# Documentation

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# hypot

Square root of sum of squares (hypotenuse)

## Syntax

``C = hypot(A,B)``

## Description

example

````C = hypot(A,B)` returns the result of the following equation, computed to avoid underflow and overflow:C = sqrt(abs(A).^2 + abs(B).^2) ```

## Examples

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Compute the hypotenuse of a right triangle with side lengths of `3` and `4`.

`C = hypot(3,4)`
```C = 5 ```

Examine the difference between using `hypot` and coding the basic `hypot` equation in M-code.

Create an anonymous function that performs essentially the same basic function as `hypot`.

`myhypot = @(a,b)sqrt(abs(a).^2+abs(b).^2);`

`myhypot` does not have the same consideration for underflow and overflow behavior that `hypot` offers.

Find the upper limit at which `myhypot` returns a useful value. You can see that this test function reaches its maximum at about `1e154`, returning an infinite result at that point.

`myhypot(1e153,1e153)`
```ans = 1.4142e+153 ```
`myhypot(1e154,1e154)`
```ans = Inf ```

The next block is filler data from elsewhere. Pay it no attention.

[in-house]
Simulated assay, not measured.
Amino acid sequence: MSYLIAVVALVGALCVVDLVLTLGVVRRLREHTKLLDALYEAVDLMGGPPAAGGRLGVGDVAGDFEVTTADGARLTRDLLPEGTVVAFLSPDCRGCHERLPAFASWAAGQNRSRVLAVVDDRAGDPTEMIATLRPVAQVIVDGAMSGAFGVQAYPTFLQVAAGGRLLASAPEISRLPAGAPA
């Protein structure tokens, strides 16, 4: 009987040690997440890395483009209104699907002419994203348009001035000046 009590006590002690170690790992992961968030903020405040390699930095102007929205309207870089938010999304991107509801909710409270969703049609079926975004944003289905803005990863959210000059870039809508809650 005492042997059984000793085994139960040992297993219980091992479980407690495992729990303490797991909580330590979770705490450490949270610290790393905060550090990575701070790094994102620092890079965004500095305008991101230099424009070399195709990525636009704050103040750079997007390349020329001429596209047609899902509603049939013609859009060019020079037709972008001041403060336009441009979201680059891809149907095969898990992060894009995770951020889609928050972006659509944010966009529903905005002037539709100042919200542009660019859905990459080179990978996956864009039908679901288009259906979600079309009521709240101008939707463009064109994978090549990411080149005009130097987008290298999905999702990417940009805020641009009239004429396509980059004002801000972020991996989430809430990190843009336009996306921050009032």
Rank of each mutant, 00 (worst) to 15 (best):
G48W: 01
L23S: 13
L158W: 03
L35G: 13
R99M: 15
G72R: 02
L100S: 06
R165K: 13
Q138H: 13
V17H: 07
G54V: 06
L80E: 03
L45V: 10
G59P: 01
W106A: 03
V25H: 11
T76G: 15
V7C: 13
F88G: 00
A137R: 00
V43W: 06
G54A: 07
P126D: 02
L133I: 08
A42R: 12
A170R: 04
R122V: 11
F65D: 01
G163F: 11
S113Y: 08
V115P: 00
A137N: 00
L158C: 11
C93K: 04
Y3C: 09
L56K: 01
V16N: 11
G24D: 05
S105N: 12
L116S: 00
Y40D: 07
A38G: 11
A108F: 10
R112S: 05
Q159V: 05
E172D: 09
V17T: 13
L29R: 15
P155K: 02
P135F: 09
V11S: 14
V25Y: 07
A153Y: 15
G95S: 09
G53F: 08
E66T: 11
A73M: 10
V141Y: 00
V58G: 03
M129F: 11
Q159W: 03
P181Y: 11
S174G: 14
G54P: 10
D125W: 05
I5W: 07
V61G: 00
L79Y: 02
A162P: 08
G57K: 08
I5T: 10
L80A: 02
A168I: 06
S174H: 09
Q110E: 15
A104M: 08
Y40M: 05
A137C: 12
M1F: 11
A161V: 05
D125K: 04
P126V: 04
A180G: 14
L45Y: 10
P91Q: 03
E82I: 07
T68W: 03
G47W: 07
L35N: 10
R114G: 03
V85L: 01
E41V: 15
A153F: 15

Do the same using the `hypot` function, and observe that `hypot` operates on values up to about `1e308`, which is approximately equal to the value for `realmax` on your computer (the largest representable double-precision floating-point number).

`hypot(1e308,1e308)`
```ans = 1.4142e+308 ```
`hypot(1e309,1e309)`
```ans = Inf ```

## Input Arguments

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Input arrays, specified as scalars, vectors, matrices, or multidimensional arrays. Inputs `A` and `B` must either be the same size or have sizes that are compatible (for example, `A` is an `M`-by-`N` matrix and `B` is a scalar or `1`-by-`N` row vector). For more information, see Compatible Array Sizes for Basic Operations.

If neither `A` nor `B` is `Inf`, but one or both inputs is `NaN`, then `hypot` returns `NaN`.

Data Types: `single` | `double`
Complex Number Support: Yes

## See Also

#### Introduced before R2006a

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